Finally, our paper adds original information for the prevention of bacterial pneumonia in HIV-infected patients. Firstly, for the first time in such populations, we showed that after at least one year of tobacco smoking abstinence, the risk of bacterial pneumonia is significantly reduced and compares to the risk observed in never smokers. Secondly, as noted by the absence of interaction between tobacco smoking status and HIV induced immunodeficiency, tobacco smoking cessation is effective in preventing bacterial pneumonia whatever the level of immunodeficiency. These are evidences for promoting tobacco smoking cessation in HIV infected patients. However, we showed that a high proportion of former smokers relapsed during follow-up, even after at least one year of abstinence. This reinforces the need for specific tobacco cessation interventions in such populations to lower the burden of bacterial pneumonia and, more generally, all tobacco-related morbidities.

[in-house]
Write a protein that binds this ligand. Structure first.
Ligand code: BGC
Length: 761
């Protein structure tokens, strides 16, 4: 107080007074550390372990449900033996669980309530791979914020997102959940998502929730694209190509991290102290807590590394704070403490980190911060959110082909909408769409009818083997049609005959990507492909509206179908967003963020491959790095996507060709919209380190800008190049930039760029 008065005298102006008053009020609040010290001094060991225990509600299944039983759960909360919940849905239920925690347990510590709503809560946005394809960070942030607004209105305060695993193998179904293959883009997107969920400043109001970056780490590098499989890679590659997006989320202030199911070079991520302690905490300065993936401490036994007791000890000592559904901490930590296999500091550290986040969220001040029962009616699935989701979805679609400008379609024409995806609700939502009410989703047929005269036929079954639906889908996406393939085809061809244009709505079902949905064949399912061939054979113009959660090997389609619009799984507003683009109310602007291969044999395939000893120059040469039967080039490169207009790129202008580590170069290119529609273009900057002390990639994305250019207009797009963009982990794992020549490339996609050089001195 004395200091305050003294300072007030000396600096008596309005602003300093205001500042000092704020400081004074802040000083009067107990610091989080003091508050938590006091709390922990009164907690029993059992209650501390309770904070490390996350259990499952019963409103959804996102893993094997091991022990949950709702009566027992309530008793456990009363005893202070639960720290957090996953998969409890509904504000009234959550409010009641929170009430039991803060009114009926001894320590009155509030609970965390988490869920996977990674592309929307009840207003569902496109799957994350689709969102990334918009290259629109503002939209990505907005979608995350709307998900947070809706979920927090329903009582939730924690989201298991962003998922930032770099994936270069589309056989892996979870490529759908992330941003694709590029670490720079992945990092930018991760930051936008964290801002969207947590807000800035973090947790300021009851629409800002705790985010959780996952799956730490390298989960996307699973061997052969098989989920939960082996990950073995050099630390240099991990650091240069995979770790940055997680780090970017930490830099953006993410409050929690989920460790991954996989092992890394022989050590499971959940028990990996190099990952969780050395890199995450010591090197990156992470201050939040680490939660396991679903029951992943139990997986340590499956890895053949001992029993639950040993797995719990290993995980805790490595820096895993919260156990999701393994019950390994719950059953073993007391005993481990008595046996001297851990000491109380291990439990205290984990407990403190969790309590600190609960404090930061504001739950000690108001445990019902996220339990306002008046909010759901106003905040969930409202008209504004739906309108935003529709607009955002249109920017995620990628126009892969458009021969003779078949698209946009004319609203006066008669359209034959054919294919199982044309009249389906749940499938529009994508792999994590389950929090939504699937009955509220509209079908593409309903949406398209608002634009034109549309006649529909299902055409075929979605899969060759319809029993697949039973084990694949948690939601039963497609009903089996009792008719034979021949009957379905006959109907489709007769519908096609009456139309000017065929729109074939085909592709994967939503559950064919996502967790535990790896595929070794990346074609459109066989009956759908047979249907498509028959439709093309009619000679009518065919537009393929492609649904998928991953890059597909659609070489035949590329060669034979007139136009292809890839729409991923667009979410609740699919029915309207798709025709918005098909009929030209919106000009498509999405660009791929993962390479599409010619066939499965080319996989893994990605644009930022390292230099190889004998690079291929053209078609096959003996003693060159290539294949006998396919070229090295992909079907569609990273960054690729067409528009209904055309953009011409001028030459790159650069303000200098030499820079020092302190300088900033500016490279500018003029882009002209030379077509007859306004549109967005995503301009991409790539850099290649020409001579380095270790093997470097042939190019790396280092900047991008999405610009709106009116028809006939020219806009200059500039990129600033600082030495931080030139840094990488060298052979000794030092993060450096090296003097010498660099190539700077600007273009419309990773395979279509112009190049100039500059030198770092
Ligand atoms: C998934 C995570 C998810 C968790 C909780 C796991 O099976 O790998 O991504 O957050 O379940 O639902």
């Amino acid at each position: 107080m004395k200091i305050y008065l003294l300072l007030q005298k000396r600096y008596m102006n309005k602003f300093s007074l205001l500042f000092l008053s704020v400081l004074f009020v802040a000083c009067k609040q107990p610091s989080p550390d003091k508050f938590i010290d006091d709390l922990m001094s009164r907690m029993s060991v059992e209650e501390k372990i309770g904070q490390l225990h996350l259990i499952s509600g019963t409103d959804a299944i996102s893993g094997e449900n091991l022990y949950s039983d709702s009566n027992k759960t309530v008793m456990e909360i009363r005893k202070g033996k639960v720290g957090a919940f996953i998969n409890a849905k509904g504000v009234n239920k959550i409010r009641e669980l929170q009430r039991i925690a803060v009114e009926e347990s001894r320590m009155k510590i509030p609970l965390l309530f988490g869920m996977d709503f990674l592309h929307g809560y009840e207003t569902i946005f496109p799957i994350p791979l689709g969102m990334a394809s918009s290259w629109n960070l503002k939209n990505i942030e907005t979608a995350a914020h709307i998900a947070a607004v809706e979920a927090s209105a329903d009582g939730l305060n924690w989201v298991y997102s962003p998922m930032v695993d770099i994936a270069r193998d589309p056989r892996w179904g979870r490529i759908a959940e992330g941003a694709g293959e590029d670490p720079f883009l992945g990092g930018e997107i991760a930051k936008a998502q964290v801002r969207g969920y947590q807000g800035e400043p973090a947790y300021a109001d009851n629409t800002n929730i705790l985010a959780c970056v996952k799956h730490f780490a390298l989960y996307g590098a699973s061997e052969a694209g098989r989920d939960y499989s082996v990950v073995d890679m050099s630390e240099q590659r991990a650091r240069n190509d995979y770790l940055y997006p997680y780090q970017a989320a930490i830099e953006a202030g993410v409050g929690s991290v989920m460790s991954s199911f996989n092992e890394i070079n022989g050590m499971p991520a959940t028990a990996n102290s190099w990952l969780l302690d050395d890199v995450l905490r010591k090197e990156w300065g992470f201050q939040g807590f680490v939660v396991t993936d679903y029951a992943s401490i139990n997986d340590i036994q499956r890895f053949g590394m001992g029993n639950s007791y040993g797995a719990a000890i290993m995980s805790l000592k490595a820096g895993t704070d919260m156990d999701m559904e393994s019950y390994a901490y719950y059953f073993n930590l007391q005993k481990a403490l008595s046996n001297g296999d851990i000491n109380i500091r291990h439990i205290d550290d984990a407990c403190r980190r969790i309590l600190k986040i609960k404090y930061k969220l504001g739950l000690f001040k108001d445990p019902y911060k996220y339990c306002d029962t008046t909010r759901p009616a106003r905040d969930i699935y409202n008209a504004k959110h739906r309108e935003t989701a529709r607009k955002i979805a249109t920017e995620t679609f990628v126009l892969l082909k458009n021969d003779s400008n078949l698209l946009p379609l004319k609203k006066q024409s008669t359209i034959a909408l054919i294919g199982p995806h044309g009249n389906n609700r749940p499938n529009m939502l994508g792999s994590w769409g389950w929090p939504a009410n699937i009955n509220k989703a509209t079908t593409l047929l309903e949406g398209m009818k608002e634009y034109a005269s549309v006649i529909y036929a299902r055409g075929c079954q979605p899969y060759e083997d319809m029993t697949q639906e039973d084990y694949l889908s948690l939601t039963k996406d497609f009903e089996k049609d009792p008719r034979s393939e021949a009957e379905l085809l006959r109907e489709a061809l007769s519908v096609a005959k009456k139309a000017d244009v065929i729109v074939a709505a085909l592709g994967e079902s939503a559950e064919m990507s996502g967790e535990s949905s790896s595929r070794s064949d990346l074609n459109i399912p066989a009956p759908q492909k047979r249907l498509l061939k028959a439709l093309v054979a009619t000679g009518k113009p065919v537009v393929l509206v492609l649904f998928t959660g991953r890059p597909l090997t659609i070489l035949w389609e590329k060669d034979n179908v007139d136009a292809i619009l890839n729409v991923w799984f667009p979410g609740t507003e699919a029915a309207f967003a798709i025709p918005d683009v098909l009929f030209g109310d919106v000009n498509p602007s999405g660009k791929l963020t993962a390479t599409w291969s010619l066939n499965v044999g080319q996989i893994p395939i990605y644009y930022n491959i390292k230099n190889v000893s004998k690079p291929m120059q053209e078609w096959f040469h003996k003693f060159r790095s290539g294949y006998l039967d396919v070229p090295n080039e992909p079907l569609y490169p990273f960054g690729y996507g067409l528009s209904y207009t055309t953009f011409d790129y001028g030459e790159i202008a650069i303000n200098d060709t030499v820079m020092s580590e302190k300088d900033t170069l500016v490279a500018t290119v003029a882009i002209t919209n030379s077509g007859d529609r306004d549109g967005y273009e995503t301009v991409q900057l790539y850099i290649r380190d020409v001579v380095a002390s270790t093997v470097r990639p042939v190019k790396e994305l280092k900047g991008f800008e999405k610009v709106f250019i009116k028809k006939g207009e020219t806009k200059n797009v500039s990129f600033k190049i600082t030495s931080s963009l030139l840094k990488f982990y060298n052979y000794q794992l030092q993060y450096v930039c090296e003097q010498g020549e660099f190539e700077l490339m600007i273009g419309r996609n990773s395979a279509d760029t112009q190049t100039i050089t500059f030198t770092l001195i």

The Groupe d'Epidemiologie Clinique du Sida en Aquitaine (GECSA) steering the ANRS CO3 Aquitaine Cohort is organized as follows: Scientific Committee: F. Dabis (Chair and Principal Investigator), M. Dupon, M. Longy-Boursier, P. Morlat, J.L. Pellegrin and J.M. Ragnaud; Epidemiology and Methodology: M. Bruyand, G. Chêne, F. Dabis, S. Lawson-Ayayi and R. Thiébaut; Infectious Diseases and Internal Medicine: M. Bonarek, F. Bonnal, F. Bonnet, N. Bernard, O. Caubet, L. Caunègre, C. Cazanave, J. Ceccaldi, F. A. Dauchy, C. De La Taille, S. De Witte, M. Dupon, P. Duffau, H. Dutronc, S. Farbos, M.C. Gemain, C. Greib, D. Lacoste, S. Lafarie-Castet, P. Loste, D. Malvy, P. Mercié, P. Morlat, D. Neau, A. Ochoa, J.L. Pellegrin, J.M. Ragnaud, S. Tchamgoué and J.F. Viallard; Immunology: P. Blanco, J.F. Moreau and I. Pellegrin; Virology: H. Fleury, M.E. Lafon and B. Masquelier; Pharmacology: D. Breilh; Pharmacovigilance: G. Miremont-Salamé; Data Collection: M.J. Blaizeau, M. Decoin, S. Delveaux, S. Gillet, C. Hannapier, O. Leleux and B. Uwamaliya-Nziyumvira; Data Management: S. Geffard, G. Palmer and D. Touchard.
Conceived and designed the experiments: AB PM FB GC. Performed the experiments: AB. Analyzed the data: AB AA. Contributed reagents/materials/analysis tools: AB PM AA FB EL MD DN FD GC. Wrote the paper: AB PM FB EL MD DN FD GC.